Mexican Mining Operations Aim for Net ZeroBy Cas Biekmann | Mon, 05/03/2021 - 12:51
Net zero ambitions, decarbonization and clean energy are no longer vague buzzwords for Mexico’s mining industry. Companies have taken serious steps to impulse their own sustainability through various avenues, this includes addressing their energy supply. Despite Mexico’s private energy industry facing more barriers than it has in years, the progress continues.
On April 23, Torex Gold announced it had signed a flexible lease agreement for an 8.5MW containerized solar solution for its El Limón-Guajes mine in Guerrero, provided by the Norwegian Scatec. Renewables Now has reported that the project will reduce Torex’s scope 2 greenhouse emissions by up to 8.6 percent from a 2019 baseline, while saving a large amount of energy costs. Even though receiving the necessary permits to operate the solar plant could be tricky during a period in time where the issuing of such permissions has slowed down drastically, Torex sees the move as viable.
Leading precious metals producer Newmont is looking toward getting its mining operations powered by wind and solar energy, following its plans to decarbonize completely by 2050. However, CEO Tom Palmer sees the current government’s strategy to strengthen CFE at the cost of private renewable production as problematic: “We are already seeing examples in some of the jurisdictions in which we operate where governments are supporting state-owned enterprises which are not the most energy efficient sources of [power] and preventing renewables coming into the system,” Palmer told BNAmericas.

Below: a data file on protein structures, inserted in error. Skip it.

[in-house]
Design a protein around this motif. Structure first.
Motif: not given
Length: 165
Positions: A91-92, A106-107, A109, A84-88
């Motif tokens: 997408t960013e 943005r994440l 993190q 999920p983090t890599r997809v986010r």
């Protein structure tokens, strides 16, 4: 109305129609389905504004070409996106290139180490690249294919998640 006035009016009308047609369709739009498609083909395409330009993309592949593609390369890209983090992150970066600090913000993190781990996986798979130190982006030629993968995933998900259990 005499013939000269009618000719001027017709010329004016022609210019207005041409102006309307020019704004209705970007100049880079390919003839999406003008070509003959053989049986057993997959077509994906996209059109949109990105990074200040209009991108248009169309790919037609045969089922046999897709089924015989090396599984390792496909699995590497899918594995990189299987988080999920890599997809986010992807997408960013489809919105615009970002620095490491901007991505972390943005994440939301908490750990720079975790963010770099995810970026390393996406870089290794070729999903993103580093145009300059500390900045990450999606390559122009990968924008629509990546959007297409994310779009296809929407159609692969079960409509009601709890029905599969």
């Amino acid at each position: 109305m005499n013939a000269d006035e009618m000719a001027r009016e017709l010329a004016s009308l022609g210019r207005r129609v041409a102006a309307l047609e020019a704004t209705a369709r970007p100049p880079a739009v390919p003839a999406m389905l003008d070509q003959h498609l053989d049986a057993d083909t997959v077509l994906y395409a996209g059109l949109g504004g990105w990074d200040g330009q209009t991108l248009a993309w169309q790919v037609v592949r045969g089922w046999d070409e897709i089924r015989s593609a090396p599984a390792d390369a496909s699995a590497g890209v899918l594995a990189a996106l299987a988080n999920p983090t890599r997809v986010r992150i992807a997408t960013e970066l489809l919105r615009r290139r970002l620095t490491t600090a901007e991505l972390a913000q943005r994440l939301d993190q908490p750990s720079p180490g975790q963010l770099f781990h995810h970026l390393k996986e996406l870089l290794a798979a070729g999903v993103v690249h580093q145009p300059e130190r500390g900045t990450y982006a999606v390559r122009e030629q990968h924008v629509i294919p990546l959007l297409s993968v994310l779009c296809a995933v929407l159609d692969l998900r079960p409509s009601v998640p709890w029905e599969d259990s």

Fresnillo also sees the reforms in the energy industry slowing down its progress. CEO Octavio Alvídrez even suggested the company might have to resort to legal action to protect its strategy switching to wind energy, such as through connection with a wind farm called Las Mesas.
Other companies look toward natural gas, which despite its emissions does foster considerably cleaner operations compared to other traditional fuels. “Natural gas might be the least 'sexy' option for decarbonization in mining but liquefied natural gas (LNG) will still be an important bridge technology,” said Jason Green, President and CTO at GFS Corp at Mexico Mining Forum. BNAmericas reported that First Majestic Silver moved away from diesel to power its Mexican operations. Now, the company utilizes an 12.4MW LNG power plant at its Santa Elena mine, which powers 85 percent of the operation.
French multinational utility Engie uses green hydrogen to target large mining equipment, offering another opportunity for operators to decarbonize. Koen Langie, Head of Mining Program at Engie’s Hydrogen Business Unit explained that development of the technology is going swiftly at Mexico Mining Forum: “According to our simulations, hydrogen solutions will be competitive with diesel in 2025. Mining can switch to hydrogen without increasing costs and improving productivity and environmental practices,” he said. In addition, Langie explained that Engie combines the technology with battery storage to provide a fast response and charge.